This week’s undated photo shows one of John Henry Hunt’s (1871-1932) Morgantown oyster parlors. Hunt, an African-American, was a pioneer West Virginia entrepreneur. He began his career as a cook in Morgantown when he was 19. After honing his skills, he opened a restaurant in the basement of the Peabody Hotel. He soon sold that restaurant and opened another. Hunt continued to open restaurants and is thought to have owned 23 over his career.
He started the first ice cream manufacturing plant in Monongalia County and sold ice cream under the name of “Hokey Pokey.” Since there was no ice plant in Morgantown, Hunt cut ice in the Monongalia River during the winter, stored it in ice houses, and sold ice to restaurants during the summer.
During World War I, drafted men from all over West Virginia were sent to Morgantown to be trained at West Virginia University. Challenged by how to feed all the draftees, WVU’s president engaged Hunt for the task. Hunt took over the “Ark,” where the basketball team played their games, and turned it into a cafeteria. So impressed with Hunt’s capability, Governor Cornwell appointed him to the State Council of Defense for the Negro Race.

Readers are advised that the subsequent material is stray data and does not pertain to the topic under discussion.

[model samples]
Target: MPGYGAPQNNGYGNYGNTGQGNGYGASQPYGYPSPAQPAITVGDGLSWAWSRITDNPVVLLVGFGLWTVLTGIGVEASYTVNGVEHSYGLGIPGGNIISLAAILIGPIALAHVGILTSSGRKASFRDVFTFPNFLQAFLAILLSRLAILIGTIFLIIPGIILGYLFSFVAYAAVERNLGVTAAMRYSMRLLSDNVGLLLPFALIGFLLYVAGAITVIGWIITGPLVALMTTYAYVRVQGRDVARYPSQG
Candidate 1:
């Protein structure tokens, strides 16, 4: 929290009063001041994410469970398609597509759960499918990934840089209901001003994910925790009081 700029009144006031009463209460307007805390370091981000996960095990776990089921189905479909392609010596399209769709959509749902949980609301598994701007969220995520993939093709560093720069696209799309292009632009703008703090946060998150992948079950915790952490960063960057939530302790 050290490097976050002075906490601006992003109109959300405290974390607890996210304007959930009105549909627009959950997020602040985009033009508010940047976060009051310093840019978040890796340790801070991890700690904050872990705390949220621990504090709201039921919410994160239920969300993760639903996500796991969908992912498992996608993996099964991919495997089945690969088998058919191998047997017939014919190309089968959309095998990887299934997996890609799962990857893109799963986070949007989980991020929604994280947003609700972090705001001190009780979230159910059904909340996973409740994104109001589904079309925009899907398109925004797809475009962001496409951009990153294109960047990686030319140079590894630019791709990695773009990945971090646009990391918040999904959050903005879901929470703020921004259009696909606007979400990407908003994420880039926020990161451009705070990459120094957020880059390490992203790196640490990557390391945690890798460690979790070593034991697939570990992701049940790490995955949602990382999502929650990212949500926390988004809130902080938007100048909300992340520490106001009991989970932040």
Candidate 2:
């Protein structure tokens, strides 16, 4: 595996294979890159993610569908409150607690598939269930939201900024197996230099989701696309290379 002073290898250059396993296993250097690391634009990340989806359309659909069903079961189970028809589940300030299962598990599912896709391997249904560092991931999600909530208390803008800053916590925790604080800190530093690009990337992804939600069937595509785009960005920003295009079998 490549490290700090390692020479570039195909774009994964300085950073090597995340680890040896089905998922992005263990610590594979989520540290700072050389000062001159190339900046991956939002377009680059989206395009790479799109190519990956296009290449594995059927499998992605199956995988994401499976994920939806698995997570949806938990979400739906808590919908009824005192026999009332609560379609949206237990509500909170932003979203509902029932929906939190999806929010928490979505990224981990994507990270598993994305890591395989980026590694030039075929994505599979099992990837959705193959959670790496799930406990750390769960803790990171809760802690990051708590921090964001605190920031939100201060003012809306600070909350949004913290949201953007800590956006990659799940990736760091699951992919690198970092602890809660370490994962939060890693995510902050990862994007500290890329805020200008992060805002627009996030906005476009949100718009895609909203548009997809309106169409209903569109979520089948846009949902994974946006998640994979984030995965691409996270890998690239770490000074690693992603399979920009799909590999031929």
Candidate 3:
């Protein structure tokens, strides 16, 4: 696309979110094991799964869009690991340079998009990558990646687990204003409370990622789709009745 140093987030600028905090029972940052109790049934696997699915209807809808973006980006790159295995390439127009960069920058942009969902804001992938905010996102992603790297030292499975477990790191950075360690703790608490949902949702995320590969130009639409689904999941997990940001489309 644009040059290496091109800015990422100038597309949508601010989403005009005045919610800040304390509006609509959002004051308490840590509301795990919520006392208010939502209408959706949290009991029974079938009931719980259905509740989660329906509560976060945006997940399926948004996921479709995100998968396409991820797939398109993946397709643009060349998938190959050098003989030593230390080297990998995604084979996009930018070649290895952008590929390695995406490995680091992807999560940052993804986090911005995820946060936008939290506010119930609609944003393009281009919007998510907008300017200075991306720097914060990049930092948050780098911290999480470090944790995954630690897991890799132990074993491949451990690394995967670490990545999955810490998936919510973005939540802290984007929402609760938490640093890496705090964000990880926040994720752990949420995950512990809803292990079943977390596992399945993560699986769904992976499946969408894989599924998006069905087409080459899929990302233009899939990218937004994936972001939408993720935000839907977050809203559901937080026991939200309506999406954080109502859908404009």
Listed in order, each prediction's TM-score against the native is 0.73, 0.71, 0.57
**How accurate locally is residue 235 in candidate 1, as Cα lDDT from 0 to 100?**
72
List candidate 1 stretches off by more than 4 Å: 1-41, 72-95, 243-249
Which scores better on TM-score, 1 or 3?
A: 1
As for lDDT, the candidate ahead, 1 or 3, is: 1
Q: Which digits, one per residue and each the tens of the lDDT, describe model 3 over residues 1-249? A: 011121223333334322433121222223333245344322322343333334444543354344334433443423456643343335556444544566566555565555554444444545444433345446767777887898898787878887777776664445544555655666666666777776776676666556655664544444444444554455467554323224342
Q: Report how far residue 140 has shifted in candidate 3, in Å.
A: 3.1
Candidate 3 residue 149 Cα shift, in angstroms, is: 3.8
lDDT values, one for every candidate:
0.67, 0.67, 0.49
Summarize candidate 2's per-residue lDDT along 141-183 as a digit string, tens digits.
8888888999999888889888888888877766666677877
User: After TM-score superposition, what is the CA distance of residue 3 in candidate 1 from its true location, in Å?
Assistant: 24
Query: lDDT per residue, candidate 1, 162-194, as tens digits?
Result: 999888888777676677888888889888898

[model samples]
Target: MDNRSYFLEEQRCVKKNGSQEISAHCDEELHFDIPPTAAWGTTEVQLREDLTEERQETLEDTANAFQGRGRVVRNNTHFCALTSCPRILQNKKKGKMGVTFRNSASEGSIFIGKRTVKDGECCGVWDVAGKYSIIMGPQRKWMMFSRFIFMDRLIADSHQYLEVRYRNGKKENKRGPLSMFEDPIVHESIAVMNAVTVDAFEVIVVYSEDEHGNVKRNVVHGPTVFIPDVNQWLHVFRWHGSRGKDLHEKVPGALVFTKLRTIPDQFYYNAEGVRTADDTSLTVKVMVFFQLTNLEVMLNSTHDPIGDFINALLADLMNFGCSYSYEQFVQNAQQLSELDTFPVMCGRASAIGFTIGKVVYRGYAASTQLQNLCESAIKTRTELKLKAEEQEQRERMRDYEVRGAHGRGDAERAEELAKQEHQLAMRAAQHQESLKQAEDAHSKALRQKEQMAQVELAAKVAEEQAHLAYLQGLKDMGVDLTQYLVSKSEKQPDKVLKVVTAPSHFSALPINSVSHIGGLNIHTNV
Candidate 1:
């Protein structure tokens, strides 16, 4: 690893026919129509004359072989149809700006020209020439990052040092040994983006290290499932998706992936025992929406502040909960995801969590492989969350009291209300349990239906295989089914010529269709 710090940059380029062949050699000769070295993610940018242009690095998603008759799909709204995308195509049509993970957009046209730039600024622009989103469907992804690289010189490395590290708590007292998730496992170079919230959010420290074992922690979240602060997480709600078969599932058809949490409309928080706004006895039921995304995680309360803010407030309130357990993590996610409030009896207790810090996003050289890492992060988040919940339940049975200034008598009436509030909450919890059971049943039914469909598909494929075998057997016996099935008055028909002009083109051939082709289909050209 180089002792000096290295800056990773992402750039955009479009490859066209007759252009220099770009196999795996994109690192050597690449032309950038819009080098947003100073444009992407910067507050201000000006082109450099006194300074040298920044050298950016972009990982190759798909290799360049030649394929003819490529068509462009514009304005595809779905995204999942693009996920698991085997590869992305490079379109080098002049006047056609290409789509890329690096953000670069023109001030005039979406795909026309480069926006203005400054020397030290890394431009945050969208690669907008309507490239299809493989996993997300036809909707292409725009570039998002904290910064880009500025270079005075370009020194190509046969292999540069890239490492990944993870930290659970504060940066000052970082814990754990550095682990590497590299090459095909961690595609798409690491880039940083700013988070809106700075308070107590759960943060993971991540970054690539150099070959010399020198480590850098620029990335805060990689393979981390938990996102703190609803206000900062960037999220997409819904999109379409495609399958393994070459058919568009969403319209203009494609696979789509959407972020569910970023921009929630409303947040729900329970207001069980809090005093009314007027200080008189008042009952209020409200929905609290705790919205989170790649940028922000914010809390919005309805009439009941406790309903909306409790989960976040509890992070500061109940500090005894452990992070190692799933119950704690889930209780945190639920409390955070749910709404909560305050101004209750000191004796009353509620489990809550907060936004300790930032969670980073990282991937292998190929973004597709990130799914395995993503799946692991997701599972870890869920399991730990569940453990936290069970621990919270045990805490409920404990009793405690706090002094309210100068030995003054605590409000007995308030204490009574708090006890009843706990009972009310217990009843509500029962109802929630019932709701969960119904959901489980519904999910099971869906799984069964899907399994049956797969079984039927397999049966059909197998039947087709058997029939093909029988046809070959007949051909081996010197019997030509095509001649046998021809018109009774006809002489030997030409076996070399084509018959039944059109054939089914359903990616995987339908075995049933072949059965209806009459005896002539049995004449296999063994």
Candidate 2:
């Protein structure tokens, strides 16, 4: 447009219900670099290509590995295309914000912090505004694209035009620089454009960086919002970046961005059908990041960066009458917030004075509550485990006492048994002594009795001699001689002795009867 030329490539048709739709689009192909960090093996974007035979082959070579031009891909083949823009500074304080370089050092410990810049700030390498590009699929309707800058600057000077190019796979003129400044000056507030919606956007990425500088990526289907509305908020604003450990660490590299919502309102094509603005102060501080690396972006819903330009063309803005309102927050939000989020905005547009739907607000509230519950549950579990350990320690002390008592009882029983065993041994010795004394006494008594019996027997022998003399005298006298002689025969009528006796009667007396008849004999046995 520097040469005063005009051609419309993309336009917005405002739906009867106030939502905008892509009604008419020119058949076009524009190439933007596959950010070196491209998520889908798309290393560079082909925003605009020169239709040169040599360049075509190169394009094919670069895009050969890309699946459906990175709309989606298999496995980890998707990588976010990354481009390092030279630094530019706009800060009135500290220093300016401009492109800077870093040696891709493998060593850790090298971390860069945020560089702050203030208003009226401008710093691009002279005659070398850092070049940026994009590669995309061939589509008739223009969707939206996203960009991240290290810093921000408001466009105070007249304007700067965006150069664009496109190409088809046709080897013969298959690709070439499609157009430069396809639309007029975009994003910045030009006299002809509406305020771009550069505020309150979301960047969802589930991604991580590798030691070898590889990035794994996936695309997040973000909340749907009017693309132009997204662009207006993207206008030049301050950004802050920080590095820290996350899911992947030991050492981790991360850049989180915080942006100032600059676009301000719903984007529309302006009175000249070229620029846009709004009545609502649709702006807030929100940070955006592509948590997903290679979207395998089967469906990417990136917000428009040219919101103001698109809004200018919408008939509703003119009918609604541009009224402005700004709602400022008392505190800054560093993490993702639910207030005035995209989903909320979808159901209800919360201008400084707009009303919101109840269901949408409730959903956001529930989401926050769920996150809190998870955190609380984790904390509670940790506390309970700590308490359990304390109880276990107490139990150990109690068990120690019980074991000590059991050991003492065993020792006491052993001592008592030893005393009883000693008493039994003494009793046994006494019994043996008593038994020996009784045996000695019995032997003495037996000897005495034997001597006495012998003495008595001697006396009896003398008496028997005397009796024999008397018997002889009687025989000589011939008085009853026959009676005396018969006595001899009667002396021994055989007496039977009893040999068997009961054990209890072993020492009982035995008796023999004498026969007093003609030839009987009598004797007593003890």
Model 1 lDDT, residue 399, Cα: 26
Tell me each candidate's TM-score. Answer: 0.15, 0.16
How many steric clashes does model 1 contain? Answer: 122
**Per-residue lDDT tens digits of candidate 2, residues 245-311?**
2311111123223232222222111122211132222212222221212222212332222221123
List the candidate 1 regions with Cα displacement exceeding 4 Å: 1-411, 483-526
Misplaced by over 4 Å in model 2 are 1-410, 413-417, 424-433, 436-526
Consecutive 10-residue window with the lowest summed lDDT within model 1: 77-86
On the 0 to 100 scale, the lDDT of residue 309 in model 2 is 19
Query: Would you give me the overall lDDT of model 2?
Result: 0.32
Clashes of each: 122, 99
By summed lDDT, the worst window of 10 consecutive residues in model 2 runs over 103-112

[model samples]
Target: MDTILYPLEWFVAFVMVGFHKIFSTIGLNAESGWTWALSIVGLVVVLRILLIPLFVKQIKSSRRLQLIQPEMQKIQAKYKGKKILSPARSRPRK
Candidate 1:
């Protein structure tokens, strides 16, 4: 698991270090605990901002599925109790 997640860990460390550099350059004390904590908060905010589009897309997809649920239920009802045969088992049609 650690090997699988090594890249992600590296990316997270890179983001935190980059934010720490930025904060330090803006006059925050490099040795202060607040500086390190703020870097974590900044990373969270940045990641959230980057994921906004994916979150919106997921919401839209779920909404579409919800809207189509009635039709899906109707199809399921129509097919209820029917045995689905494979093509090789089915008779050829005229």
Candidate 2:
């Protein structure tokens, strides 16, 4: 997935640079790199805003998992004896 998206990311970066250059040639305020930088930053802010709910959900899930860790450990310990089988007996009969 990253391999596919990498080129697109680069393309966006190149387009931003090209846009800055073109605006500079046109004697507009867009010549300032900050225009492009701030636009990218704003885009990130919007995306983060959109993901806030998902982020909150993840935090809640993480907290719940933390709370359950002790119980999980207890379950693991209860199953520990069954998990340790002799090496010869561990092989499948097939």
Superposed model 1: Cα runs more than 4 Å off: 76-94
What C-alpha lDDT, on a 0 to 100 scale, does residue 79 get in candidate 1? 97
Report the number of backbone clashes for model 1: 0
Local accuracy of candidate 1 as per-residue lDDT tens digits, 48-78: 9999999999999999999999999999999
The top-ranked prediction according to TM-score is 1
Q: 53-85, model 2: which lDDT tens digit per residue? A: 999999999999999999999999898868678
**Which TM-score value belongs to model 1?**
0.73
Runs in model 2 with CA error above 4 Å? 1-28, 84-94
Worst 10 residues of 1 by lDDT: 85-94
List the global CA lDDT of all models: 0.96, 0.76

Towards the end of his life, Hunt developed summer resorts. When he died at age 61, his death was headline news in The Pittsburgh Courier. He left his wife, Anna, and six daughters and two sons.
Note shown in the photo on the left is Sam Possner’s shop where he would repair your shoes while you waited (perhaps while eating oysters or ice cream).
Photo: Courtesy of West Virginia University Regional History Center.
Sources: The Pittsburgh Courier, West Virginia University Regional History Center.